Credit Card Etiquette (Part I)

Whether you’re a merchant or a customer, it’s always important to maintain proper credit card etiquette. When you convey tact and class to your customer base, or even another merchant, you are telling them – without saying a word – all about the true level of professionalism regarding such matters. At Vision Payment Solutions, we love educating and informing our clientele. In part one of our three-part series on credit card etiquette, you’ll learn some fundamental guidelines of the credit card-processing world. After all, knowing is half the battle, and if you follow these simple rules of credit card etiquette, you’ll enjoy a better reputation, leading to higher sales, friendlier customers, and a better experience for everyone involved.

Poor Etiquette: Advertising Problems. If you have credit card issues, consider whom you will confide in carefully. Complaining about your current balance, collections, or especially bankruptcy puts listeners in an uncomfortable position. Moreover, if your listeners don’t know you very well, they’re more likely to base your image on that negative information rather than your positive qualities.

Proper Etiquette: Always respect your audience. If they aren’t close friends or family, keep your money troubles on the backburner. Speak generally, recommends Lydia Ramsey, a business etiquette expert and writer of Manners that Sell. She says it’s more acceptable to talk about the world or national economy instead of injecting such a personal, close-to-home topic for just about everyone.

Poor: Hogging Receipts. After expensive dinners, drinks, hotel stays, and gas fill-ups, you’ve hoarded every last receipt available so you can write it off on your company, even if some of the purchases weren’t yours or for you. Especially if you’re in a group, hogging the receipts so you can write the costs off on your personal expense report is rude.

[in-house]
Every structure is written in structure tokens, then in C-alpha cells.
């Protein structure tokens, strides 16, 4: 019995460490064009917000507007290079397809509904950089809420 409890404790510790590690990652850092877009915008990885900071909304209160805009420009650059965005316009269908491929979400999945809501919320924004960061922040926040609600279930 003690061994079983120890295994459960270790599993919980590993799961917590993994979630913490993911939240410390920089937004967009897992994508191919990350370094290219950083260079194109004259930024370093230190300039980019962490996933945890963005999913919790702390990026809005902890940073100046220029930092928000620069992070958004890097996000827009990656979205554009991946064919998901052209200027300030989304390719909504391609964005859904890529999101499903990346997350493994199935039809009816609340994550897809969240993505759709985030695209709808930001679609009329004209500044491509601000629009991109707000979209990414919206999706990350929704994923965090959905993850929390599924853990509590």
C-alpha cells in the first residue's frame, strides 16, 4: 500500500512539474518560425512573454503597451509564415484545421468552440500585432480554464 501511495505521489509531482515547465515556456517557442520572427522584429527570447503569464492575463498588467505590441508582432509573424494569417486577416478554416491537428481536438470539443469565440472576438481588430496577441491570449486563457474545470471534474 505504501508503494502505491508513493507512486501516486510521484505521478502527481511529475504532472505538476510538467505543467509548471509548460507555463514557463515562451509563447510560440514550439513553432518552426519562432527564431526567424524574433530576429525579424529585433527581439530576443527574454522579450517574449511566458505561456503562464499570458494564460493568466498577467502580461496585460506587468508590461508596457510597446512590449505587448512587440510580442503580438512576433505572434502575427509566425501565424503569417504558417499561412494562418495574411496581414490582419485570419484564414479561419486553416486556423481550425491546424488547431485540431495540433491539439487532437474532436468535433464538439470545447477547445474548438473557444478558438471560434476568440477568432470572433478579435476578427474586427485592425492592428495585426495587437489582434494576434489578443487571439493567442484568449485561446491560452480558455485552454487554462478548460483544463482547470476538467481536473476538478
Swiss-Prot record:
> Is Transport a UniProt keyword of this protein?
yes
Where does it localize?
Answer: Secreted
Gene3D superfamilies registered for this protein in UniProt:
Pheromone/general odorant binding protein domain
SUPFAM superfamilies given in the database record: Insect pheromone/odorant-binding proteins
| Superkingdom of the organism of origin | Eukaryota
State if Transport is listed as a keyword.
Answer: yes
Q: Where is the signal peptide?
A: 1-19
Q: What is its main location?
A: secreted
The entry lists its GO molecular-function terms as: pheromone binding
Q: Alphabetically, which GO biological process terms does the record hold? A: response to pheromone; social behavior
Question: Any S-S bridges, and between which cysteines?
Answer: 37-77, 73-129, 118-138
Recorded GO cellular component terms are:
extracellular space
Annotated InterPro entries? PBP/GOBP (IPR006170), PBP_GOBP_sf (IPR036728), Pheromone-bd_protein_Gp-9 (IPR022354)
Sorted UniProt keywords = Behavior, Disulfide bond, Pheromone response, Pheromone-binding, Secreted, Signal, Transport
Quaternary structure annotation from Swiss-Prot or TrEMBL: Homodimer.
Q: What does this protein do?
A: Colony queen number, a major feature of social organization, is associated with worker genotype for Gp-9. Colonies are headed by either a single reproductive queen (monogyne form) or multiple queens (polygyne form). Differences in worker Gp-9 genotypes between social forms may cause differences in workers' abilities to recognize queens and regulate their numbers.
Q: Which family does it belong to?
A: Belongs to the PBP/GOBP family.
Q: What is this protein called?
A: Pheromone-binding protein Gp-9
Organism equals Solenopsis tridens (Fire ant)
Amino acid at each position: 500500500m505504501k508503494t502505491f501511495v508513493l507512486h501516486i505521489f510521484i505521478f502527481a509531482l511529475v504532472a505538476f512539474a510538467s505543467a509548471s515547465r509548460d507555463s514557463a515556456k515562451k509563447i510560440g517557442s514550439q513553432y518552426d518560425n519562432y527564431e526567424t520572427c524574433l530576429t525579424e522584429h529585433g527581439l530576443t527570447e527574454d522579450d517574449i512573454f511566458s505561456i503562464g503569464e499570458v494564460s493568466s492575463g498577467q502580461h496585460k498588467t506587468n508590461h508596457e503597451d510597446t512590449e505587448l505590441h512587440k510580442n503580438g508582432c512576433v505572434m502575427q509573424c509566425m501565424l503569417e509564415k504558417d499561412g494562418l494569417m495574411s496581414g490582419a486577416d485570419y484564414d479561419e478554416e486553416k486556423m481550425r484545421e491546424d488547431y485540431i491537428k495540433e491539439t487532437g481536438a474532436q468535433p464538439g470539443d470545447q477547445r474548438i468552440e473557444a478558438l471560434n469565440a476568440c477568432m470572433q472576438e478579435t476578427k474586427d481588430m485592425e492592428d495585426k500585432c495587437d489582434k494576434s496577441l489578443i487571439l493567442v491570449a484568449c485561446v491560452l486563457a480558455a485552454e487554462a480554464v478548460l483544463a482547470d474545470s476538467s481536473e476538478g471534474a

Proper: Be mindful of taking turns for paying the costs, and try to only keep your charge receipts. Don’t ask for someone else’s, either.

Poor: Card Wars. When dinner is done, your waiter brings the check, and suddenly everyone is pulling out their cards, arguing over who’s going to pay for the meal. So begins the ridiculous debate over who gets to pay for the meal. Such displays are a big faux-pas, particularly in a high-end restaurant.

Proper: If you really want to pay, don’t announce it to the world. Before you are seated, present the waiter with your credit card, saying you’ll be responsible for the bill. Also, indicate that you’d like to sign the receipt in private. When the meal begins, others will wonder about the bill. Simply tell them that it’s covered, and move on to another subject.

Stay tuned for part two of our three-part series on credit card etiquette, and remember – actions speak louder than words. Vision Payments Solutions offers a complete range of hardware, software, and support for all kinds of electronic cards and machinery. Feel free to get in touch with one of our friendly representatives today, and get started processing all forms of payment!